The AltEn environmental catastrophe continues.
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The AltEn Environmental Catastrophe in Mead, Nebraska
Indigenous panel discussion of AltEn environmental disaster
The Nebraska Department of Environment and Energy has launched a public portal keep the Mead community, Saunders County residents and interested citizens informed about significant activities related to the cleanup and mitigation actions at the AltEn ethanol facility.
On Monday night, about 60 residents met at a local church to learn more about the state of Nebraska’s litigation against the ethanol plant. Residents also heard from university researchers who want to study the long-term health effects of exposure to tens of thousands of tons of seed treated with multiple forms of neonicotinoid pesticides and fungicides.
Experts who spoke Monday highlighted the longer the piles of treated distillers grains remain, the more the neonics and fungicides leach into the ground and potentially into the water table. Neonics are relatively water soluble and can flow into ground water, said John Schalles, a biology professor at Creighton University.
“The longer that sits on the ground and in lagoons that are leaking, the worse it gets,” he said.
The seed was treated with varying combinations of insecticides and fungicides.
“We don’t know a whole lot about the toxicology of fungicides,” Schalles said.
Nebraskans Worry About Toxic Seed Piles As Ethanol Plant’s Pollution Problems Stack Up, Owners Look to Transfer Feedyard Permit by Chris Clayton, DTN, Progressive Farmer, 4/13/2021
On March 1, Nebraska’s attorney general threw the book at AltEn, alleging the 24-million-gallon per year ethanol maker near Mead spent most of the last five years making an environmental mess of its biofuels plant and the surrounding rural community.
In a 97-page civil complaint, the state detailed 18 “causes of action” against AltEn ranging from “operating a solid waste management facility” — AltEn now is “storing” an estimated “84,000 tons of distiller’s grain on-site” that contain “elevated concentrations of pesticides” — to “discharge of a pollutant into waters of the state without a permit.”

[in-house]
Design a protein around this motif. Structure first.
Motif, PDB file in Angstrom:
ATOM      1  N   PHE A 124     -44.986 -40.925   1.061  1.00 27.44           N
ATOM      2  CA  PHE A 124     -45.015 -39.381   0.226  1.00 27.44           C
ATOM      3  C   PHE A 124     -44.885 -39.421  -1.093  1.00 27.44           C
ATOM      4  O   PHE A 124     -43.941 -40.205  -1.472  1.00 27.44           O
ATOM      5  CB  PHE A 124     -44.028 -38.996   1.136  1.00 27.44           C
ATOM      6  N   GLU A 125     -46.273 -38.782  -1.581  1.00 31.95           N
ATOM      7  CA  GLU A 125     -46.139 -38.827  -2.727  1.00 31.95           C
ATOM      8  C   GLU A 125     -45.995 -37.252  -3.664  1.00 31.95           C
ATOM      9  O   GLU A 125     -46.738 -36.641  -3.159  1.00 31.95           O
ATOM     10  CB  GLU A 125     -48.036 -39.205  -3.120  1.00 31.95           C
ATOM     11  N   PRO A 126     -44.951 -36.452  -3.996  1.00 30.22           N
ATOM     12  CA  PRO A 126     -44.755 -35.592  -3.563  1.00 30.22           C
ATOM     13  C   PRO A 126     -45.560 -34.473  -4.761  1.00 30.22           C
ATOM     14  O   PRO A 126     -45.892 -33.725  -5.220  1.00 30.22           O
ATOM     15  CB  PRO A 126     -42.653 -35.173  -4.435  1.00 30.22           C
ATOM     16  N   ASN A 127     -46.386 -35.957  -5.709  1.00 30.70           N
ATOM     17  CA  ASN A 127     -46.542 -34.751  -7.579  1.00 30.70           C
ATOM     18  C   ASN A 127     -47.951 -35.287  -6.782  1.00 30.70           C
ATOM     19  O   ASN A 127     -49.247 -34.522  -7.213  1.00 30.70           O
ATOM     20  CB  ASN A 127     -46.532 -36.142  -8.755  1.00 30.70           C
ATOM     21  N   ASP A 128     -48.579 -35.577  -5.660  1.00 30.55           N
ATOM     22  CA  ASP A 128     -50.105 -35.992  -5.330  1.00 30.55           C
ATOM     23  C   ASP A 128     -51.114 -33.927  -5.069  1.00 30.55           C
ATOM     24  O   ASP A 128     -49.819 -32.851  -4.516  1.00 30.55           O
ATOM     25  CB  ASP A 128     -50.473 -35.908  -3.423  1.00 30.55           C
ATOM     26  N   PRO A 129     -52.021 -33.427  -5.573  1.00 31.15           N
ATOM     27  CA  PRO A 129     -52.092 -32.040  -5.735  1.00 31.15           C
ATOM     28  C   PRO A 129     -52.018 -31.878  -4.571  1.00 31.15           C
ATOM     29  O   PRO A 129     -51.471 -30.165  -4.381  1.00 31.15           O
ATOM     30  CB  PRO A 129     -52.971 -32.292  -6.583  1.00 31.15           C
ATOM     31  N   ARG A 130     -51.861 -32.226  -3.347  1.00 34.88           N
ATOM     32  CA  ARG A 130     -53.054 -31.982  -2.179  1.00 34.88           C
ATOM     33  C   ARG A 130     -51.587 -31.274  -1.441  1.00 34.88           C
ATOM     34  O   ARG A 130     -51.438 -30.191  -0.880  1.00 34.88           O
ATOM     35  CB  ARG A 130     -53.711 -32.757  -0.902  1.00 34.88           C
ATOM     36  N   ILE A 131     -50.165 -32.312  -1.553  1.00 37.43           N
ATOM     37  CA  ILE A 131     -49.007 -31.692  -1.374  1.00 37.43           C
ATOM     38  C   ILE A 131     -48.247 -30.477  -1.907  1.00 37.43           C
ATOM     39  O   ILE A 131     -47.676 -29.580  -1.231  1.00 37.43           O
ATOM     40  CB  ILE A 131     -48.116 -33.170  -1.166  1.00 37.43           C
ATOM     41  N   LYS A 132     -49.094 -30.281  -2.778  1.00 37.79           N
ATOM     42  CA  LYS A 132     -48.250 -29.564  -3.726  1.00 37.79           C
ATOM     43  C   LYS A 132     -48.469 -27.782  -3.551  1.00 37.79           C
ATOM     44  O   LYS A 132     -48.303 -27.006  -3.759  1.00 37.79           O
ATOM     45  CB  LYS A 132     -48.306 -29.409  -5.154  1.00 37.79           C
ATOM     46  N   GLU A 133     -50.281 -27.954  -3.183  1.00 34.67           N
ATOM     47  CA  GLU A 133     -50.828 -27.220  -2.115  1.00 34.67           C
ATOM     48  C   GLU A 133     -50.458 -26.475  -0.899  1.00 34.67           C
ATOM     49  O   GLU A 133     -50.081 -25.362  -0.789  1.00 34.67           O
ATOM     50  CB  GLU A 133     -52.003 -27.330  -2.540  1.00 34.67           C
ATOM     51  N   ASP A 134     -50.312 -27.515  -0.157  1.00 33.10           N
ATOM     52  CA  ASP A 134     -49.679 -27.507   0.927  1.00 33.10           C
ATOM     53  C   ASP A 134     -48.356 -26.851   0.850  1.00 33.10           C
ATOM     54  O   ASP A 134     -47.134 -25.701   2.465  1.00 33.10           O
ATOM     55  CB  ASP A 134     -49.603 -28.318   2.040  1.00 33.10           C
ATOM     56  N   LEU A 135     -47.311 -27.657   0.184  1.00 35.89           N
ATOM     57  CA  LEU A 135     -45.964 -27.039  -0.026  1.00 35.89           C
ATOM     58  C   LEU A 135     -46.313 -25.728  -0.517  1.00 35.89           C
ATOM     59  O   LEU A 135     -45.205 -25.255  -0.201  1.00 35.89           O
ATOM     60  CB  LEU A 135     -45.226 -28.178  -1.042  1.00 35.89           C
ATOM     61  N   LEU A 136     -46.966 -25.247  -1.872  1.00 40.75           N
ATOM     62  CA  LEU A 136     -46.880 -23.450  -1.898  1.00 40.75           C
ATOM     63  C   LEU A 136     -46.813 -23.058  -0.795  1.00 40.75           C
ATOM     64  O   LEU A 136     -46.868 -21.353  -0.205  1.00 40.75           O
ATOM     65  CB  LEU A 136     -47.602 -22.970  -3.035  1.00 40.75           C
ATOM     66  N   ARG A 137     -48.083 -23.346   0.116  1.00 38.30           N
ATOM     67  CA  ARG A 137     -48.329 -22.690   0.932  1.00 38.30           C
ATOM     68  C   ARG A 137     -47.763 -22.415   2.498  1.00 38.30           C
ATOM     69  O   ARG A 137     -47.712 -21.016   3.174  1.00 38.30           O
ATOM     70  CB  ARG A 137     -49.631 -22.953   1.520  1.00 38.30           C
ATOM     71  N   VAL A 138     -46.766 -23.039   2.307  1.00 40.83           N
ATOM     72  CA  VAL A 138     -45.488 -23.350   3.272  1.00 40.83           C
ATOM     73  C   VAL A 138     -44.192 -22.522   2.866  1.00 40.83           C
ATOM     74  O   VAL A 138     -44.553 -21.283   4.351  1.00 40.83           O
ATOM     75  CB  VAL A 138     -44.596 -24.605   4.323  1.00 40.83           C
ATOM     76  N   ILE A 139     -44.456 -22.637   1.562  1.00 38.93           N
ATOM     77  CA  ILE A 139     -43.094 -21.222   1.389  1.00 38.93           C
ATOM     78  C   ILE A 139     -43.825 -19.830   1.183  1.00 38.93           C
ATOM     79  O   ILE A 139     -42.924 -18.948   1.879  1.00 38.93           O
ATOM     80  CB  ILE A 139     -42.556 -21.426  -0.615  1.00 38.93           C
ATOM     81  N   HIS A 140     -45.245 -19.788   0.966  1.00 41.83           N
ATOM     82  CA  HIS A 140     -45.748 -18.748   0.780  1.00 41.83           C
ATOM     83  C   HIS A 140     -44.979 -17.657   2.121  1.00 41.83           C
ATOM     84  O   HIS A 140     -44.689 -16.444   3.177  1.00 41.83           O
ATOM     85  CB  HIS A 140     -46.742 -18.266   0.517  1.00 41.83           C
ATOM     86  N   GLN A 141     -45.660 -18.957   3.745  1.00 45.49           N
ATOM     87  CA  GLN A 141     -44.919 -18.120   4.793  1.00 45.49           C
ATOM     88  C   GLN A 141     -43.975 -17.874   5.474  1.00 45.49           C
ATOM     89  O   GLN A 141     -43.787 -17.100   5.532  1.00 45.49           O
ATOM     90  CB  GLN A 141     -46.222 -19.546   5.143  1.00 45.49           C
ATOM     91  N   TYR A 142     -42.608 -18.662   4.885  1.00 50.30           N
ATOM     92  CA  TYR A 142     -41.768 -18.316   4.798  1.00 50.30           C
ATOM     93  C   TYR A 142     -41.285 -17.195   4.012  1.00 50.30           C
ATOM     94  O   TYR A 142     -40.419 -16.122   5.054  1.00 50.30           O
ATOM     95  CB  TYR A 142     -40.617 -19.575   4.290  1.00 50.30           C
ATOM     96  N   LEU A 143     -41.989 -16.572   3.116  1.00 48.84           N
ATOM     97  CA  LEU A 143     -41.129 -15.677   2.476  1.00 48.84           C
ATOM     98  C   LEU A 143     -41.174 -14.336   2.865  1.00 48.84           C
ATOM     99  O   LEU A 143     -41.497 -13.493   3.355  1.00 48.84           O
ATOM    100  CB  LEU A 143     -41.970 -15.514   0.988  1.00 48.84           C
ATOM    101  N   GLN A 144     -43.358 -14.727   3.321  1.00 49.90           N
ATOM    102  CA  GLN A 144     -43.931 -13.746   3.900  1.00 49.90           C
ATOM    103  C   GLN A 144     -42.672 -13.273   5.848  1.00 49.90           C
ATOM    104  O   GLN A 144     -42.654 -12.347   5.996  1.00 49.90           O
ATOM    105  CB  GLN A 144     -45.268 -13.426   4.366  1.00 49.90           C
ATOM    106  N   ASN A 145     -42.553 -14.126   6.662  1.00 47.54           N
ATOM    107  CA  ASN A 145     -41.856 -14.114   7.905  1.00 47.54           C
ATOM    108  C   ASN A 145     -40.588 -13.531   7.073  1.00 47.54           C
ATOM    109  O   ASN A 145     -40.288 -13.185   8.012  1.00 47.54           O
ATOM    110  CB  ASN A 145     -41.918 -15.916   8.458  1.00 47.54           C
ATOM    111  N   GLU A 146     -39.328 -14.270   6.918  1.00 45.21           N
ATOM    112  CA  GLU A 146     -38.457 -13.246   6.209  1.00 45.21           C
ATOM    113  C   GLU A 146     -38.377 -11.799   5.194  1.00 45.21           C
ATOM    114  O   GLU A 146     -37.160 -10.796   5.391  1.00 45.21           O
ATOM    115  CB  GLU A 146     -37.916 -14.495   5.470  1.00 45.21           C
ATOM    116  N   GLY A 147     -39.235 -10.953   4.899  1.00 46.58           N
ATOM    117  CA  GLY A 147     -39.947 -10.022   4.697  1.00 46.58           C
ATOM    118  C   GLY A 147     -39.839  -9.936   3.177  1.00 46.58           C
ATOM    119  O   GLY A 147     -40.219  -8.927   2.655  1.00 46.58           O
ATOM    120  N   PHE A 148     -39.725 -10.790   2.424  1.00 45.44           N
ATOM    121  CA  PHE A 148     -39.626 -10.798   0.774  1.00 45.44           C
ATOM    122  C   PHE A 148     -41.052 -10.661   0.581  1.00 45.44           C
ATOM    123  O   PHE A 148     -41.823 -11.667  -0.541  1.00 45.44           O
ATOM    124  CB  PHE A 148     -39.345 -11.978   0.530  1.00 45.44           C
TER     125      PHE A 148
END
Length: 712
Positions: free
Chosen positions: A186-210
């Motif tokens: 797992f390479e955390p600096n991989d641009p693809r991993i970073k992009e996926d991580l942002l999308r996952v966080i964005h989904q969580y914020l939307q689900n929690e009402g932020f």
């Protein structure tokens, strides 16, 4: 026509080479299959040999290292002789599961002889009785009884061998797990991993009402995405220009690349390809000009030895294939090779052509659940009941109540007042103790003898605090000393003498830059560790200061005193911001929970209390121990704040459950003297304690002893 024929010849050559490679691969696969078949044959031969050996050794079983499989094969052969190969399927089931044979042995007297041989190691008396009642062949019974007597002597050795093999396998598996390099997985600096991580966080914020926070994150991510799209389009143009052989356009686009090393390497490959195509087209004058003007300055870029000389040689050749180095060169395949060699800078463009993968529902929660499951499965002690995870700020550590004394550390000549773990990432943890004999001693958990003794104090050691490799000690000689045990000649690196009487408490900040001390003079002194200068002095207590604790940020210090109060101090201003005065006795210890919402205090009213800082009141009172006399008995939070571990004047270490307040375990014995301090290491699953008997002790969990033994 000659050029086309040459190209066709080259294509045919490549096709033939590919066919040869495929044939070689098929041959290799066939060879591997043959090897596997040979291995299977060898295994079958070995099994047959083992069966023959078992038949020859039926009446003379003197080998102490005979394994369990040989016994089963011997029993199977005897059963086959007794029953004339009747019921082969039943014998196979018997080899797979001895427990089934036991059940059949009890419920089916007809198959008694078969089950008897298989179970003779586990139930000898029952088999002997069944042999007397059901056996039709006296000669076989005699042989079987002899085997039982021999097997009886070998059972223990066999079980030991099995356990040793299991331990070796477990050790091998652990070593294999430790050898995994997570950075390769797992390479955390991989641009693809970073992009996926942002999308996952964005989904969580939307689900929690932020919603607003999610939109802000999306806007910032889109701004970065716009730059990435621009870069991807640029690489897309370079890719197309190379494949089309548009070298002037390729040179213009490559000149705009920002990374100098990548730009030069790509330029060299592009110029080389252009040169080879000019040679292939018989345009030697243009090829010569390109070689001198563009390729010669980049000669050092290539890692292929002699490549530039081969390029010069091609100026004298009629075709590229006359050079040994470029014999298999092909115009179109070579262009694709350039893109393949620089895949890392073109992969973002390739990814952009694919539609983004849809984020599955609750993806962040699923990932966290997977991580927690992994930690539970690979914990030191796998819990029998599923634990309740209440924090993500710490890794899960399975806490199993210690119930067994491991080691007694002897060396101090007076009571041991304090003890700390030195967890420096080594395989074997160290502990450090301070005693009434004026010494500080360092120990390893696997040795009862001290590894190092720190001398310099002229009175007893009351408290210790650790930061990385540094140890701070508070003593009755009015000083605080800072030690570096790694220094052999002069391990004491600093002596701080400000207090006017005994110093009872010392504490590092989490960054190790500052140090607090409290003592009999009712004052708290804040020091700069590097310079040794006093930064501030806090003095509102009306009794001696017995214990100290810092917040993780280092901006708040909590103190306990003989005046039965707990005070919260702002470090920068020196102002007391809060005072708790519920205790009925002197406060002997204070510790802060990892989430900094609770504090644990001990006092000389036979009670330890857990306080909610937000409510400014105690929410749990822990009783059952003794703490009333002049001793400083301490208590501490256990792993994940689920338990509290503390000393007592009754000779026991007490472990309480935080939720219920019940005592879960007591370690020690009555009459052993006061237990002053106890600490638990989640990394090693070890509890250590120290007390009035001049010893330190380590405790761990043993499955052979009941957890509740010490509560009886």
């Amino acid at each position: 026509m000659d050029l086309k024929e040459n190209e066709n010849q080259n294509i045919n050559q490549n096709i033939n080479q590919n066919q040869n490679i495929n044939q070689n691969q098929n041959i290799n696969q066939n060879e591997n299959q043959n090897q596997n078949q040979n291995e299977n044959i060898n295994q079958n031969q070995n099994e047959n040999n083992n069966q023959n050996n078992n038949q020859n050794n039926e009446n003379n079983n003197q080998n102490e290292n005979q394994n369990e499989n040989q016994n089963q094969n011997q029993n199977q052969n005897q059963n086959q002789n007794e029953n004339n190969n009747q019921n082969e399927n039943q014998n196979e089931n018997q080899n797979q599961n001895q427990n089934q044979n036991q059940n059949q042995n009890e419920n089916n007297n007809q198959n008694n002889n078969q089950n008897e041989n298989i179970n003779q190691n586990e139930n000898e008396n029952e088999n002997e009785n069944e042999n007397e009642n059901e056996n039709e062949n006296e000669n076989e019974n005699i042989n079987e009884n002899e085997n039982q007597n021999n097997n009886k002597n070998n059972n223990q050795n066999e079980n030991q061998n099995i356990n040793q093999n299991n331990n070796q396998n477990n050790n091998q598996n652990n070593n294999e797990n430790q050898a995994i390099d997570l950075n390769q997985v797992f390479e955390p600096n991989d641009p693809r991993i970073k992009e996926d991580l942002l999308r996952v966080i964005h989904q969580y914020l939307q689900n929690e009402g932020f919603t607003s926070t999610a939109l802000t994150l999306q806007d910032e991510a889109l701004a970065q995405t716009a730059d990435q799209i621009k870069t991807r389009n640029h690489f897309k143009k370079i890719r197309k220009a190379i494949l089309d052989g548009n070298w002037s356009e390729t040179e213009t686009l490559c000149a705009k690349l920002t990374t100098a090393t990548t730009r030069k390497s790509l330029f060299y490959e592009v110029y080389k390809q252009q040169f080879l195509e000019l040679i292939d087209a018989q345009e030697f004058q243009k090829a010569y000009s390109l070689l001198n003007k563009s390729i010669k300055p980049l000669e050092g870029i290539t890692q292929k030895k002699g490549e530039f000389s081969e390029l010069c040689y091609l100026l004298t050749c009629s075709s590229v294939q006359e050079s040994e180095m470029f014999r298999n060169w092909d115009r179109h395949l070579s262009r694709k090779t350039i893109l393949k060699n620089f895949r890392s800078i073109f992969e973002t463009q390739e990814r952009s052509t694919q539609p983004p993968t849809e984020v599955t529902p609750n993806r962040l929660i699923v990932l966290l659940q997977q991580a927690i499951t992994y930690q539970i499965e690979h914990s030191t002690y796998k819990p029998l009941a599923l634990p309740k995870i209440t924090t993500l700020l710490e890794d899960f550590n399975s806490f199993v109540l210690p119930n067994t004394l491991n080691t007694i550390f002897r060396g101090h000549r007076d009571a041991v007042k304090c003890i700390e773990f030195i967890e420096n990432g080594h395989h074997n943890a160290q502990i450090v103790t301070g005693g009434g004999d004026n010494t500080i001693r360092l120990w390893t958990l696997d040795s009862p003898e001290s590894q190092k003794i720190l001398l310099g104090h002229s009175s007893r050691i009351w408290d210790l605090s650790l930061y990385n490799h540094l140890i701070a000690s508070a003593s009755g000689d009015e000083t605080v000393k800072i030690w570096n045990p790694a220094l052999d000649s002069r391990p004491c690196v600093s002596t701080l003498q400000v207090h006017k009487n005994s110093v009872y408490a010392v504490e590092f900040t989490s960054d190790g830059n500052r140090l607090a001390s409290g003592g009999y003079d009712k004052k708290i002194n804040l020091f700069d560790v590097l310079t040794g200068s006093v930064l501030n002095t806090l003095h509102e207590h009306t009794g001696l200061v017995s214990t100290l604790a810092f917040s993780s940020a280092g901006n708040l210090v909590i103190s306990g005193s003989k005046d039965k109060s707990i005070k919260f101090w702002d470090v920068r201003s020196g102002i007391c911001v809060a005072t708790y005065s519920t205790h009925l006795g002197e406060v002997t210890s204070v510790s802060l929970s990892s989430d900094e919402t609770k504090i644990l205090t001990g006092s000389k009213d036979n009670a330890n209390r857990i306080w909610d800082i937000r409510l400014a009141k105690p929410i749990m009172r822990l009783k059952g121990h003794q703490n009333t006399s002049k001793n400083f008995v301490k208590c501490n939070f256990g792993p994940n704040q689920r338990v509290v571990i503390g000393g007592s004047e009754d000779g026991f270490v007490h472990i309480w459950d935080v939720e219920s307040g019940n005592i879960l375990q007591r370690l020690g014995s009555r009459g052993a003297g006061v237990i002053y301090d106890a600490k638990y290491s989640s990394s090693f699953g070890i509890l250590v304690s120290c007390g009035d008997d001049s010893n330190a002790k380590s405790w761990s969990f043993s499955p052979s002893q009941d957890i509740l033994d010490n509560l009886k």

As explained here last month, the allegations stem from AltEn’s unique ethanol business: in a sales pitch to potential customers last summer it explained that it was “processing 600,000 to 900,000 pounds of treated seed into ethanol daily,” according to the Lincoln Journal Star.
That ethanol feedstock — treated agricultural seed instead the usual farm-raised corn – “created tens of thousands of tons of pesticide-contaminated byproduct” that the plant tried to rid itself of in, what the state now alleges, manners both legal and illegal.
Farm & Food File: The AltEn mess gets even messier By Alan Guebert, AgriNews, April 07, 2021
Unlike most ethanol plants that buy corn for processing, AltEn uses surplus seeds that it receives at no cost. The seeds are often coated with agricultural chemicals, making their leftover residue unsuitable for use as an animal feed supplement.
Jim Macy, the director of the Nebraska Department of Environment and Energy, said his agency doesn’t believe the chemicals have migrated into the soil or groundwater in Mead. Officials were testing the area to confirm that it is safe.
But Macy said testing of a water in a ditch near the plant showed high levels of neonicotinoids, a group of insecticides that have been blamed for killing large numbers of bees.
Nebraska regulators sue ethanol plant, citing pollution By Grant Schulte, AgriNews, March 20, 2021